Debbie Spooner has seen everything in the cloud accounting industry. Behind the mask unravels what motivates Debbie and finds out about Debbie's interest in the Dalai Lama

Debbie Spooner

Member Success Specialist

1. So, who are you anyway, and what do you do?
Debbie Spooner - Member Success Specialist at The Gap. 

The Gap works with accountants across the globe to help them achieve their true purpose -helping their clients achieve Time, Mind and Financial Freedom through the delivery of Business Development services.

I love what I do. Every day is spent working with great people, helping them to achieve their potential.  In my role, I work closely with Gap Members to turn their ideas into actions and empower individuals to achieve their goals.  We do this through regular one-on-one support sessions and monthly training webinars, where we share best practice and proven solutions.

Everything that we do is geared around building lasting relationships, helping everyone involved to reach their potential and beyond.

2. How did you get into this job?
I am an advocate of living above the line, so when Mark shared that this is a mindset of The Gap, I was keen to learn more, and to be involved with them, sharing their message and values. 

I have worked in the accounting software space since 2005, originally at Pegasus. In late 2009, Gary Turner asked me to join his team at Xero - just me and five guys split across the UK, working to disrupt the accounting space with Xero.  I stayed until mid-2015, helping accountants, their teams, and clients navigate the changes that SaaS and cloud brings to the industry.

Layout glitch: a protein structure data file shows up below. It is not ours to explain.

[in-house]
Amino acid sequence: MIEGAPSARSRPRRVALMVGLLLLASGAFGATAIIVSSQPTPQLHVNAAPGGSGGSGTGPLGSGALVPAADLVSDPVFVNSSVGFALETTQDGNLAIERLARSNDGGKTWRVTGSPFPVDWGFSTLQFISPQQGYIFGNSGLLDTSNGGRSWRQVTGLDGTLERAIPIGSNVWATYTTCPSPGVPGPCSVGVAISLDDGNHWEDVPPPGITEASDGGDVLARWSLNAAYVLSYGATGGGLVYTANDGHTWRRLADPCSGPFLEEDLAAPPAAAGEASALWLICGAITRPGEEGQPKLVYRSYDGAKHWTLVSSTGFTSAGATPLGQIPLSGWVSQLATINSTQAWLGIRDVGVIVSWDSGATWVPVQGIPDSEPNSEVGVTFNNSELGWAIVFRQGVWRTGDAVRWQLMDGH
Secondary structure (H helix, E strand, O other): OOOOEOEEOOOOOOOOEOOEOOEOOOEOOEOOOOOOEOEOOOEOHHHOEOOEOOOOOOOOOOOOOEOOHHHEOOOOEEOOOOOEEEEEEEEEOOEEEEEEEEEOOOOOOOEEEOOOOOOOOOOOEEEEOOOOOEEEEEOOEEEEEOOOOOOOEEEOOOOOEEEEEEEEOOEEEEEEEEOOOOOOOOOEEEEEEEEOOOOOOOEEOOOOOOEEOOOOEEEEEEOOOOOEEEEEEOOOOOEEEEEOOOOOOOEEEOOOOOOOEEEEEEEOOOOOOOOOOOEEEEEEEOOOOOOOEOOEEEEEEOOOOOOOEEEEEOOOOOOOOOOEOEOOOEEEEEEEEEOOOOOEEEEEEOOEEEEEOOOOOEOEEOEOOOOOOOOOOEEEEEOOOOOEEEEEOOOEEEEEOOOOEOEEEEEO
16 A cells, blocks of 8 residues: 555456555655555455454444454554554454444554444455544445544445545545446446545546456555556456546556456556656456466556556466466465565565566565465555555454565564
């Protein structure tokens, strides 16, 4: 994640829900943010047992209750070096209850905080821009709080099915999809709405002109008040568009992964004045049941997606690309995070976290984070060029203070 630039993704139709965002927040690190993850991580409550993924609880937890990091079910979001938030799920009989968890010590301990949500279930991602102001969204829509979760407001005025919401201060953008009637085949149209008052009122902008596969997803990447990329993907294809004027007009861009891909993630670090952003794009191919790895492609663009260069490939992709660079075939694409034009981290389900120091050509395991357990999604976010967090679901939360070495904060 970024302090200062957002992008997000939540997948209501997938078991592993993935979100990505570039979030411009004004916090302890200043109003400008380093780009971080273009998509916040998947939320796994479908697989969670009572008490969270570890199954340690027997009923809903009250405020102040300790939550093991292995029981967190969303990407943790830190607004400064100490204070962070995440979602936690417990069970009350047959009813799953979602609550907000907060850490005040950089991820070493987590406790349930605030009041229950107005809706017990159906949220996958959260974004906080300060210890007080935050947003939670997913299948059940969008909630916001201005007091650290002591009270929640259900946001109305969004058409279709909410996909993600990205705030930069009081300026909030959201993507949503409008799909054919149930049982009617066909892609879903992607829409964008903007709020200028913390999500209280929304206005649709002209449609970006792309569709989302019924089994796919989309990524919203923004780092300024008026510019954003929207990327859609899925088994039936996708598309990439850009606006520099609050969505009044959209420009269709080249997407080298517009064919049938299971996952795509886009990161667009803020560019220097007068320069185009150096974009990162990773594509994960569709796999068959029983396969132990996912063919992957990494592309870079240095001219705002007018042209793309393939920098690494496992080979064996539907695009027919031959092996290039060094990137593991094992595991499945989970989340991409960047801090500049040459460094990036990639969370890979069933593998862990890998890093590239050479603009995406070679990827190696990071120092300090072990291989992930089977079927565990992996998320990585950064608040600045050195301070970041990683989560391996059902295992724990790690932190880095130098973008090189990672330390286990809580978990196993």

I then supported accountants to get their content and digital marketing in place as Operations and Client Manager with The Profitable Firm.

Prior to joining The Gap, my role was Customer Success Specialist for UK, USA and SA at Spotlight Reporting.

Moving into my role as the UK Member Success Specialist at The Gap was a natural and logical progression on many levels.  It brings together many of the skills I’ve developed through working in this space for 10+ years, as well as my passion for helping accountants achieve their true purpose.

3. What song from your past still gets you moving today? 
Ooooh tough one, too many to choose from. I am pretty much on the dancefloor all night! I do love Sugarhill Gang Rappers Delight ‘Hotel, Motel, Holiday Inn!’ and Jam and Spoon Ride in the Night as they always evoke great memories for me.

4. If you could go to one concert from the past, what one would it be? 
Elvis - Aloha from Hawaii, or Live Aid, purely for the Queen set. For Elvis, something fabulous with a flower garland.  For Live Aid - HI-TEC hi-top trainers, stone washed jeans and a ‘Frankie Says Relax’ T-shirt.

5. A socio-economic question, but feel free to answer from your gut.  If AI, automation and robotics are going to replace repetitive and laborious tasks, what impact will this have on your industry and profession? 

I think this change is already happening within the accounting profession. We are seeing tasks which used to take weeks now taking minutes or seconds. As a result the skills that are going to be prized more by the profession are the ability to form strong relationships with clients, and analysing the reports or accounts produced.

6. What other challenges face accountants, bookkeepers or SMEs today?  And, how should they meet those challenges? 

Hopefully it will bring us closer together as human beings and we will learn how to connect and communicate face to face instead of hiding behind emails, etc.  It’s a good thing - as humans we need, and thrive on, the interaction with each other.  Let’s connect and communicate more.